To a lot of people, Clermont can be a confusing building. When I first got here, fresh from classes about how to identify architectural styles, even I was confused. What style is it? Well, it's a bit of a hodgepodge.
Clermont was first built in the 1740s, a typical Georgian-style mansion. But seven generations of Livingstons occupied it over about 210 years. Although they generally had a lot of respect for the herritage and family pride that it represented, each generation strove to keep their home up-to-date with recent fashions and to make it meet their ever-changing needs. They added on. They re-decorated. They changed things.
Taken together, they have added up to make Clermont a combination of styles with details everywhere that are as varied in their history as the rest of the collections.
The bones of the Georgian era are still there. Many people are thrown off track by the fact that you enter through the back side (seen above). The front side actually faces the river, the major avenue for travel during the 18th century. From the front though, we can see the classic features of a Georgian facade: it's a big box. Five windows across, counting the door in the middle. Inside there's a hall down the center, and two rooms on either side. You have to take off the pointy roof and towering dormers in your imagination; those are a later addition.
The building probably looked very much like the illustration above when it was built--very spare and square, very fashionable for 1740 when Robert the Builder and Margaret Howarden Livingston were there.
Her granddaughter Betsy needed some changes though. After a generation or two, the house was apparently getting a little small and out-of-date. With the Federal era in full swing by the time she and her husband inherrited the house in 1800, it was time for some changes. The look was finer and dantier than her grandmother's time. Federal style was reaching for something approacing ancient Greece or Rome--the perfect model for a country working towards a new Republic. The first-floor fireplaces apparently needed updating. Written records show that the lovely marble surround (and the black marble in the dining room) were purchased by Edward P. Livingston (Betsy's husband). You cand see similar columns featured around the fireplace in this Salem, MA house's 1805 fireplace.
Books were also becoming a larger part of people's lives in the early 19th century, and Edward P. aparently felt this keenly. To accomodate his growing library, he built these bookcases in what is now our study sometime in the 1830s.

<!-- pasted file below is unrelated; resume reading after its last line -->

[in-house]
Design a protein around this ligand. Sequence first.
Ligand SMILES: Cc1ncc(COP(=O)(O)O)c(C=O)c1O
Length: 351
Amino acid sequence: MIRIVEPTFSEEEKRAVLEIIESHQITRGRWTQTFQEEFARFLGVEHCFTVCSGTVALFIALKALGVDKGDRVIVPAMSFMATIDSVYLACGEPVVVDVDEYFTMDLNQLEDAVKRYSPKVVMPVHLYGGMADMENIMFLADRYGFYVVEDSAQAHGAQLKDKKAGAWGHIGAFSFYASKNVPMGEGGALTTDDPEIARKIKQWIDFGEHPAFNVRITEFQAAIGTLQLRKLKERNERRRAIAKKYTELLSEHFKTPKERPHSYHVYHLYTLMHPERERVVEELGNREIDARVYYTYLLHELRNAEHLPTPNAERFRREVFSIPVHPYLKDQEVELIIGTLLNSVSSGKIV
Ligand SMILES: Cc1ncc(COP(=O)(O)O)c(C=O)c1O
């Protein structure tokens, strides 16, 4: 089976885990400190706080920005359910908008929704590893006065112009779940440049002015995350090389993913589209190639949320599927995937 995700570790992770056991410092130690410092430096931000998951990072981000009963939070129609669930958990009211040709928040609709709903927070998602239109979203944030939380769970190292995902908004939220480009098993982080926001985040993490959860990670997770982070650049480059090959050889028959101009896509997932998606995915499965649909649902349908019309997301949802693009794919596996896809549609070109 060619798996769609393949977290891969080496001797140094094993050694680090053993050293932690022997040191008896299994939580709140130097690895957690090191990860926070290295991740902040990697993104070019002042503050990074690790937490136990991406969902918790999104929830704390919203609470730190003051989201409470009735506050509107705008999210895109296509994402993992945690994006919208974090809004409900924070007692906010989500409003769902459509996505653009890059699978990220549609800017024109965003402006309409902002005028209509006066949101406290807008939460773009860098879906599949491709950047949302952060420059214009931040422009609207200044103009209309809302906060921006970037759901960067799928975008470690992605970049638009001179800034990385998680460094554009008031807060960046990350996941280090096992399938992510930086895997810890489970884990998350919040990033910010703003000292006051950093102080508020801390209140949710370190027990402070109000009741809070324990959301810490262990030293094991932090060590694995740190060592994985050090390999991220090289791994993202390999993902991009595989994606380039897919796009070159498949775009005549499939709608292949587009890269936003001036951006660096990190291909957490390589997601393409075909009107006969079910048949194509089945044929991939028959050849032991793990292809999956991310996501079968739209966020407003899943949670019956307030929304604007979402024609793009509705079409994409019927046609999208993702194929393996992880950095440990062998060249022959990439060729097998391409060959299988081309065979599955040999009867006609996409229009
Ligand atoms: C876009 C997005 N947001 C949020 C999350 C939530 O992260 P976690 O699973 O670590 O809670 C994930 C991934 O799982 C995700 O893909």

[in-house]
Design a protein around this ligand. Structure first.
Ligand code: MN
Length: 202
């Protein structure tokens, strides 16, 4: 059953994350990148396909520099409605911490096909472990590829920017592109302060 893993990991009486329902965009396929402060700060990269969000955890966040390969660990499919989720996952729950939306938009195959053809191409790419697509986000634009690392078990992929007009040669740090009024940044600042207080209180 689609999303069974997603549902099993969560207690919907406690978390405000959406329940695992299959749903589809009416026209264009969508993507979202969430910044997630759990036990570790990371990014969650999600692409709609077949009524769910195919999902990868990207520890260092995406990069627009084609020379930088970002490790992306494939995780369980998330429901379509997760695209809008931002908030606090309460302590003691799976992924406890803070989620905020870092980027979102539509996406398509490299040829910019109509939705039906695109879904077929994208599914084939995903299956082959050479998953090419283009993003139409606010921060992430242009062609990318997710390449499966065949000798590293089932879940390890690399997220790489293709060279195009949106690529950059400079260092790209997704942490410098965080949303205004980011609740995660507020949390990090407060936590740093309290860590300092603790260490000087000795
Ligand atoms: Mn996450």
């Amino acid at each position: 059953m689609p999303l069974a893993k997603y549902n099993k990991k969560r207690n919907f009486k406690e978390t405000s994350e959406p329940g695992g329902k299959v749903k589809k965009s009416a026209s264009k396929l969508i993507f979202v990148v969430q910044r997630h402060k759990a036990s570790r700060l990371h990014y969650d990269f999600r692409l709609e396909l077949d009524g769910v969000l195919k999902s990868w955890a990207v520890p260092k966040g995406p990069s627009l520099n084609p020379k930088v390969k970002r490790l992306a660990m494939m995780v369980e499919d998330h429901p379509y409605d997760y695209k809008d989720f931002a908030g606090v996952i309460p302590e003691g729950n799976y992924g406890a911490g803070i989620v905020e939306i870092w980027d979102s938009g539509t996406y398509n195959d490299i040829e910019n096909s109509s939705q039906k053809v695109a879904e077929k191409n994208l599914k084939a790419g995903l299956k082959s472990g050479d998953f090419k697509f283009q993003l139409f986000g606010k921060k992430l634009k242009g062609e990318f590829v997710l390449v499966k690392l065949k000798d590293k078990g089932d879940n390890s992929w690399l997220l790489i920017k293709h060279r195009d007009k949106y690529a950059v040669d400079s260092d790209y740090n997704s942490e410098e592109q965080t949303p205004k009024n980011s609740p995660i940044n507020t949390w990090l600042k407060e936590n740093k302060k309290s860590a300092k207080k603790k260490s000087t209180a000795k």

Edward P. also added two wings to the house, which make a big visual impression, but not a big style one. The real force for stylistic change later on at Clermontwas John Henry Livingston about 60 years later. His updates made the biggest impact on Clermont for generations to come.
The pointy roof that defines Clermont's current sillhouette is a Chateausque feature added in 1893. It's what makes us look a little bit like a French castle. Those tall, skinny windows in the dormers are also a dead giveaway for late 19th cenury style. Many stylish houses got a very vertical look to them during this era, as oposed to that kind of substantial, square look of the Georgian period. For instance, compare them with the lofty style of our neighbor Wilderstein, whose external appearance reflects the 1888 construction.
One set of John Henry's dormers on the south wing caught my eye yesterday (while I was photographing the sunny weather) because of an Eastlake sunburst. What? Architect Charles Eastlake left his atractive mark on plenty of American homes, but not really at Clermont.
The spindly, ornate style you can see on this Buffalo, NY porch is classis Eastlake style, but bears little similarity to Clermont. You have to look closer at the sunburst feature above the porch to recognize it. The little sunburst in the top in the top of our dormer is an elemnent commonly spotted in Eastlake style homes like the one pictured at left. It's an unexpected thing to find here.
Other features inside the house reflect Arts and Crafts influence. John Henry paneled his gentleman's retreat in oak, a wood that was finally beginning to be recognized as part of the Arts and Crafts movement in the late 19th and early 20th century. The dark, wood-paneled environment was a hallmark of later Arts and Crafts or Craftsman style home. The return to a geometric, simplified motife also suggests a appreciation for this style (period illustration at right by Gustav Stickley).
Even the ceiling in the Colonial Revival drawing room draws surprising paralells to the Arts and Crafts. The division of the ceiling by large beams (not so much the smaller coffers in between) was a decorative feature favored in Arts and Crafts interiors.
We talk about the Colonial Revival a lot at Clermont because it played a huge part in John Herny's later revisions, especially beginning in the 1910s and 20s. John Henry's biggest architectural was, without doubt, the Colonial Revival so finding these earlier spatters of other architectural styles is always a bit of a surprise. Other remain from even earlier generations, dating back to the Federal era and even the house's rebuild after the 1777 fire.
Together all of these various elements create an unusual--even unique--amalgamation of styles. So the next time you are standing in front of Clermont (hopefully with your Fieldguide to American Houses in hand), try your luck with discerning some of the different architectural eras that make up the whole pretty picture.